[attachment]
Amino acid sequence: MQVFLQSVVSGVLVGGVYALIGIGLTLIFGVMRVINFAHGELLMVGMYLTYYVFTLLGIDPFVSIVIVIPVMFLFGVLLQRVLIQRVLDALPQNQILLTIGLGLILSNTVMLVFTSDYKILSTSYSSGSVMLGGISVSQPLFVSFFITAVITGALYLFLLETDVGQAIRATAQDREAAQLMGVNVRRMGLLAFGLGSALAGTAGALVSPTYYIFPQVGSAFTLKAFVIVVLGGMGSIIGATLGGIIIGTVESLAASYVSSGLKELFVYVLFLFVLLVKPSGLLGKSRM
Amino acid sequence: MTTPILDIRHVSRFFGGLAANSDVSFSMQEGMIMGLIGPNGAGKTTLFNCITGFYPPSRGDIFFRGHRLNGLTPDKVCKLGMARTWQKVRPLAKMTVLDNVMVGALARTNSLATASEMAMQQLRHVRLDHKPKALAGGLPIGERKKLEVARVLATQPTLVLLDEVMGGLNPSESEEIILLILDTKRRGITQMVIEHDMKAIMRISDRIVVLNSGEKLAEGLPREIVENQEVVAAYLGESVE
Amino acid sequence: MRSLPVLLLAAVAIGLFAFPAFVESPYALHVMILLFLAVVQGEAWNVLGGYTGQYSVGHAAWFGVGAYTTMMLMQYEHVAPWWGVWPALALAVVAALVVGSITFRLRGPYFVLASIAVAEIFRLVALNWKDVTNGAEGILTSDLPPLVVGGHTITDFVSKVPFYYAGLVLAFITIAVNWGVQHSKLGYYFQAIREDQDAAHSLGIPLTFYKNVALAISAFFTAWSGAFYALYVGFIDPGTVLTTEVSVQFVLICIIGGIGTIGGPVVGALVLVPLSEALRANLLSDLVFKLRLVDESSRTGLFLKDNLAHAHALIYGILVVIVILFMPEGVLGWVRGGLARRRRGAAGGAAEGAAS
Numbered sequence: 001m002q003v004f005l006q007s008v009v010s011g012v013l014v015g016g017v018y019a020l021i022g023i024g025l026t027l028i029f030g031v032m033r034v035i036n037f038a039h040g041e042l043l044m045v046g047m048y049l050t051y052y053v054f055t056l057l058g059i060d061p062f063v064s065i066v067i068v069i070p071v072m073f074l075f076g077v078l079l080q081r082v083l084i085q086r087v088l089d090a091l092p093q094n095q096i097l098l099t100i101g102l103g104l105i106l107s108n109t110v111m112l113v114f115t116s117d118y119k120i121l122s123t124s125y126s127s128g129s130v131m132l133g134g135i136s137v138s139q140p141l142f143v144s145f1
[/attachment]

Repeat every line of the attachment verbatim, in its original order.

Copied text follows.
Amino acid sequence: MQVFLQSVVSGVLVGGVYALIGIGLTLIFGVMRVINFAHGELLMVGMYLTYYVFTLLGIDPFVSIVIVIPVMFLFGVLLQRVLIQRVLDALPQNQILLTIGLGLILSNTVMLVFTSDYKILSTSYSSGSVMLGGISVSQPLFVSFFITAVITGALYLFLLETDVGQAIRATAQDREAAQLMGVNVRRMGLLAFGLGSALAGTAGALVSPTYYIFPQVGSAFTLKAFVIVVLGGMGSIIGATLGGIIIGTVESLAASYVSSGLKELFVYVLFLFVLLVKPSGLLGKSRM
Amino acid sequence: MTTPILDIRHVSRFFGGLAANSDVSFSMQEGMIMGLIGPNGAGKTTLFNCITGFYPPSRGDIFFRGHRLNGLTPDKVCKLGMARTWQKVRPLAKMTVLDNVMVGALARTNSLATASEMAMQQLRHVRLDHKPKALAGGLPIGERKKLEVARVLATQPTLVLLDEVMGGLNPSESEEIILLILDTKRRGITQMVIEHDMKAIMRISDRIVVLNSGEKLAEGLPREIVENQEVVAAYLGESVE
Amino acid sequence: MRSLPVLLLAAVAIGLFAFPAFVESPYALHVMILLFLAVVQGEAWNVLGGYTGQYSVGHAAWFGVGAYTTMMLMQYEHVAPWWGVWPALALAVVAALVVGSITFRLRGPYFVLASIAVAEIFRLVALNWKDVTNGAEGILTSDLPPLVVGGHTITDFVSKVPFYYAGLVLAFITIAVNWGVQHSKLGYYFQAIREDQDAAHSLGIPLTFYKNVALAISAFFTAWSGAFYALYVGFIDPGTVLTTEVSVQFVLICIIGGIGTIGGPVVGALVLVPLSEALRANLLSDLVFKLRLVDESSRTGLFLKDNLAHAHALIYGILVVIVILFMPEGVLGWVRGGLARRRRGAAGGAAEGAAS
Numbered sequence: 001m002q003v004f005l006q007s008v009v010s011g012v013l014v015g016g017v018y019a020l021i022g023i024g025l026t027l028i029f030g031v032m033r034v035i036n037f038a039h040g041e042l043l044m045v046g047m048y049l050t051y052y053v054f055t056l057l058g059i060d061p062f063v064s065i066v067i068v069i070p071v072m073f074l075f076g077v078l079l080q081r082v083l084i085q086r087v088l089d090a091l092p093q094n095q096i097l098l099t100i101g102l103g104l105i106l107s108n109t110v111m112l113v114f115t116s117d118y119k120i121l122s123t124s125y126s127s128g129s130v131m132l133g134g135i136s137v138s139q140p141l142f143v144s145f1